Linked by Thom Holwerda on Thu 3rd Apr 2014 19:40 UTC
Mozilla & Gecko clones

Mozilla prides itself on being held to a different standard and, this past week, we didn't live up to it. We know why people are hurt and angry, and they are right: it's because we haven't stayed true to ourselves.

We didn’t act like you'd expect Mozilla to act. We didn't move fast enough to engage with people once the controversy started. We're sorry. We must do better.

Brendan Eich has chosen to step down from his role as CEO. He's made this decision for Mozilla and our community.

The only sensible move.

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Member since:

*Forced* to step down is bad enough.

That, of course, depends totally on the circumstances surrounding it. There are many ligit reasons for being forced to step down (chronically bad losses, for example).

The original point stands: freedom of speech isn't as free as we would like it to be if using it, even politely, means being forced out of your job.

I disagree with that. Again, freedom of speech does not mean freedom from consequences (as you seem to somewhat grasp below). Freedom of speech isn't somehow freeer if there's no consequences attached. Freedom of speech != freedom from consequences. There are many, many ways over which one can lose their job. To state that that is always bad if it's somehow linked to speech is ludricous. What if I excercise my freedom of speech to insult my co-workers, creating a hostile atmosphere? What if I don't directly insult them, but publicly declare I disagree with them being equal for the law? Yes, there's lots of grey areas, but you seem to favour the "no consequences at all costs" reading.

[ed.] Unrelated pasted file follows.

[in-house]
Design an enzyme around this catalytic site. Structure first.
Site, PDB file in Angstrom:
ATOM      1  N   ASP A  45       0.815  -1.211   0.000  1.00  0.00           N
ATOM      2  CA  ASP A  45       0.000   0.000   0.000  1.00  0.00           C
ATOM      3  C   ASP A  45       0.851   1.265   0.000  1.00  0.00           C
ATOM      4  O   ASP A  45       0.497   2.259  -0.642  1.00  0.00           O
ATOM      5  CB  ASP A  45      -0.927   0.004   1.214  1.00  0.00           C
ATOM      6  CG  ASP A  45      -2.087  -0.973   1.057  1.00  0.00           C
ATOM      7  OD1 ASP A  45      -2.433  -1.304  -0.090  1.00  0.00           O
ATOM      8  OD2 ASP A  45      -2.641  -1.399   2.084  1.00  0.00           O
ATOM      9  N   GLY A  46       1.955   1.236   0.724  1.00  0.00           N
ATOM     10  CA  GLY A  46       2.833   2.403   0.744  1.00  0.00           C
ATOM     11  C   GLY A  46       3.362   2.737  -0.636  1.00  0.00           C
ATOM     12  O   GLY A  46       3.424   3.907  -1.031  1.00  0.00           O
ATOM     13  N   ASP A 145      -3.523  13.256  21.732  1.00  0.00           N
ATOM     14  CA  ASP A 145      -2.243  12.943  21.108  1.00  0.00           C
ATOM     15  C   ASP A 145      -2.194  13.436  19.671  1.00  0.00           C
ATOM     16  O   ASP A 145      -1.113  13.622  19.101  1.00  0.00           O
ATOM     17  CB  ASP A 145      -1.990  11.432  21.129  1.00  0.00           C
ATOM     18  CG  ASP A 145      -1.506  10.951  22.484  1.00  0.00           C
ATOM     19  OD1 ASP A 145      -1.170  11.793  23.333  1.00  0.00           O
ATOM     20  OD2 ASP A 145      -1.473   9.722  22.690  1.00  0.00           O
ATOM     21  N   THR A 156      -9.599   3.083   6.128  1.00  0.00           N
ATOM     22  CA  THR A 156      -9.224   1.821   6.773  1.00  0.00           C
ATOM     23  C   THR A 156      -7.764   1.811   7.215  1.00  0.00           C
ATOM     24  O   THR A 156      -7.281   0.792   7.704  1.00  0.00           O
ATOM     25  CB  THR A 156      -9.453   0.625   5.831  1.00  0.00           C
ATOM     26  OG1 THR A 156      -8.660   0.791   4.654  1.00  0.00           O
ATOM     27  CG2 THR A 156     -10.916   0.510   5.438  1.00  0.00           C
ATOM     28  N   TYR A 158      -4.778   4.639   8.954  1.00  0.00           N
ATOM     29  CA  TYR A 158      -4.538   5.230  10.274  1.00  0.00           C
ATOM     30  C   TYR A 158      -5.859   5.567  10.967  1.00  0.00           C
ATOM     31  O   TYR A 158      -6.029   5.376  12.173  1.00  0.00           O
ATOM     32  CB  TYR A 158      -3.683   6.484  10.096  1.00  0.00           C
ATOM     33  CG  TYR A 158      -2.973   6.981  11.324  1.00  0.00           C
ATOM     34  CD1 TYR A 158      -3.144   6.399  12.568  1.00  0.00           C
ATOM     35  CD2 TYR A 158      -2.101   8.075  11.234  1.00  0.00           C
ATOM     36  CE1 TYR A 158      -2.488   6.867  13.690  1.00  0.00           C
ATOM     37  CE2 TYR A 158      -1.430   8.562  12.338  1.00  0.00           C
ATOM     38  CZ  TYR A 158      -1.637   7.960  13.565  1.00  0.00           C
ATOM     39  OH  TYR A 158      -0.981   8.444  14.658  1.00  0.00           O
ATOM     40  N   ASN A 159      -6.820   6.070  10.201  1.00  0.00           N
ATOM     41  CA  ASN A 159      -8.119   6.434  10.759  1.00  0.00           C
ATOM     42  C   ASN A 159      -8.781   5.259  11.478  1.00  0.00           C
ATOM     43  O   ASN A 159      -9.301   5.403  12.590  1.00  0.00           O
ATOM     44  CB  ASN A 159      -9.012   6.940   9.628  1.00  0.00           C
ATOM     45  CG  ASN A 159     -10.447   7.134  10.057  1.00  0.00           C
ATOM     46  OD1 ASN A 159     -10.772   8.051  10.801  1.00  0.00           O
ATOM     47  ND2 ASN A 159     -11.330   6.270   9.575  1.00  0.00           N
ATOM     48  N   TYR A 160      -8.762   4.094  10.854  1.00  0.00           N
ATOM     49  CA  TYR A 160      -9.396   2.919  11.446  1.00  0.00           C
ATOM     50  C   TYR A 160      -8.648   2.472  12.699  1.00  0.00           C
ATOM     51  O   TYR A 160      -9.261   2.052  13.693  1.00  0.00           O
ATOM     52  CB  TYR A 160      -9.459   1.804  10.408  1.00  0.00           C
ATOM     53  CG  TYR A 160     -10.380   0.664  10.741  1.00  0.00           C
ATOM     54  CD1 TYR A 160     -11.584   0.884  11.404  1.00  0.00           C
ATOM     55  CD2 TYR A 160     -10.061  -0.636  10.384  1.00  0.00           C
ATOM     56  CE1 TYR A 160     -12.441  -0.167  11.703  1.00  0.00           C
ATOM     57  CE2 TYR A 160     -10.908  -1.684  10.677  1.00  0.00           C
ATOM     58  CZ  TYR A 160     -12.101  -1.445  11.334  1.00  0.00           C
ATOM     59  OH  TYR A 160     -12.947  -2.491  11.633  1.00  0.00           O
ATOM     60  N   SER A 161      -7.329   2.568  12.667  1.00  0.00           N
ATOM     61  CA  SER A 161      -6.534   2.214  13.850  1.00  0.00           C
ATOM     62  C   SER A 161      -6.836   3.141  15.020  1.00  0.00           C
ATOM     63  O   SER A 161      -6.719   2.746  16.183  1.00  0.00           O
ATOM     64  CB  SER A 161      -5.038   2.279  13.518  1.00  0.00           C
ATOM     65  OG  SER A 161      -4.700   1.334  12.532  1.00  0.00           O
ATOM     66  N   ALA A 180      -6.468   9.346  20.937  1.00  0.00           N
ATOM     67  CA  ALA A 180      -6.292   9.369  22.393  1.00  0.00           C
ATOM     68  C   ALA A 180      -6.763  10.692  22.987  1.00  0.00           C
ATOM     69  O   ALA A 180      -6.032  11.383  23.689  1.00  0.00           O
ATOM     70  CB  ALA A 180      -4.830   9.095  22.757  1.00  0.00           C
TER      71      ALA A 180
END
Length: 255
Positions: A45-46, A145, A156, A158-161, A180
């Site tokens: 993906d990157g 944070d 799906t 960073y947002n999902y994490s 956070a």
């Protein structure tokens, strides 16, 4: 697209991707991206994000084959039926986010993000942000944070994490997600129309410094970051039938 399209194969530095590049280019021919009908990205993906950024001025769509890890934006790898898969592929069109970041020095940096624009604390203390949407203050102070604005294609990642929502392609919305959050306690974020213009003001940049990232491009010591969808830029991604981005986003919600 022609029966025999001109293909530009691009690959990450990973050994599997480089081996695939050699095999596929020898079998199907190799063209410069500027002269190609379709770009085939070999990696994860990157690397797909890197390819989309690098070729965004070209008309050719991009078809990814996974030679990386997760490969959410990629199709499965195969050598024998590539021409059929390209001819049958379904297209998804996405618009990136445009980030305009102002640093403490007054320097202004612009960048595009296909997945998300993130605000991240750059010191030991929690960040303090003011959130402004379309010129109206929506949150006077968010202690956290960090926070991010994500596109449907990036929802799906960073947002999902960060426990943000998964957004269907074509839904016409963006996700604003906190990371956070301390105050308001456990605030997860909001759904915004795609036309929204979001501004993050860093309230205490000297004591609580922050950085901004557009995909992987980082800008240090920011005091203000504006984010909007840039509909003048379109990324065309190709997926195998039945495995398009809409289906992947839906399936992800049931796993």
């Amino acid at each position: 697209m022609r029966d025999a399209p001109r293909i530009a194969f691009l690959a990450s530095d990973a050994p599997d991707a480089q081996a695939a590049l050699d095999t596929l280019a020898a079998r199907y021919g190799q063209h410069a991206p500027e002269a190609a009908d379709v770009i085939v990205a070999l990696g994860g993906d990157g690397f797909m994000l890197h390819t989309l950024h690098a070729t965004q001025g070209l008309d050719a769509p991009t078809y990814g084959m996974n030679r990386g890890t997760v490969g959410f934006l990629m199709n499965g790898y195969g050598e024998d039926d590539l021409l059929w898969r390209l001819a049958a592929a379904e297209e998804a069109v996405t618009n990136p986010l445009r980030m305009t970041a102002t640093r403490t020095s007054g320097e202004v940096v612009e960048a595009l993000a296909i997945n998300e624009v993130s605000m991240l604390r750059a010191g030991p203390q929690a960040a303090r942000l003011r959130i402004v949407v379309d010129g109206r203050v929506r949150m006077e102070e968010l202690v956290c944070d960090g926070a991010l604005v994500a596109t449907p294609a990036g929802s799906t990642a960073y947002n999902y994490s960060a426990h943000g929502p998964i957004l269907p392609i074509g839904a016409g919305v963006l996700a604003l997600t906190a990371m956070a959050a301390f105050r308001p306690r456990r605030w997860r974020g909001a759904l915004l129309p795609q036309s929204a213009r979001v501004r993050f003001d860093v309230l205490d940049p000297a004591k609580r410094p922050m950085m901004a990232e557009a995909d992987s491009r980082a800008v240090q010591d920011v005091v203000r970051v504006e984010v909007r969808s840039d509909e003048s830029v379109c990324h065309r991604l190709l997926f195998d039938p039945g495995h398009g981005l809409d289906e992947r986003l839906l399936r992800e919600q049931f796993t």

If someone holds a view that is unpopular with some group, the threat of being *forced* out of one's job puts pressure on that person to restrain voicing their opinion.

Depending on what job the person holds. Again, as CTO no-one objected to Eich, but as CEO it's a different ballgame.

It is not beneficial to democracy to punish the polite use of free speech. Punishing the impolite use, I believe, has a place.

We're not talking about democracy. The corporate world is the exact opposite of a democracy, in many ways. Also, donating for a campaign against equality is not "polite". It is *never* polite if you say to someone else that you don't think they're equal to you, and do no deserve the same priviliges you have.

This whole freedom of speech with consequences argument rarely gets down to the bone of the matter. Of course there are consequences every time you open your mouth. There are consequences for everything you do, say, think, hear, etc. The root question is what consequences are fair and what are excessively punitive?

Because of the bad publicity Eich got, both from the public and from his employees, it was a sound business decision of Mozilla to ask him to step down (if that's what happened). Though I agree that consequences should be in line with the damage caused, in this case I think they are.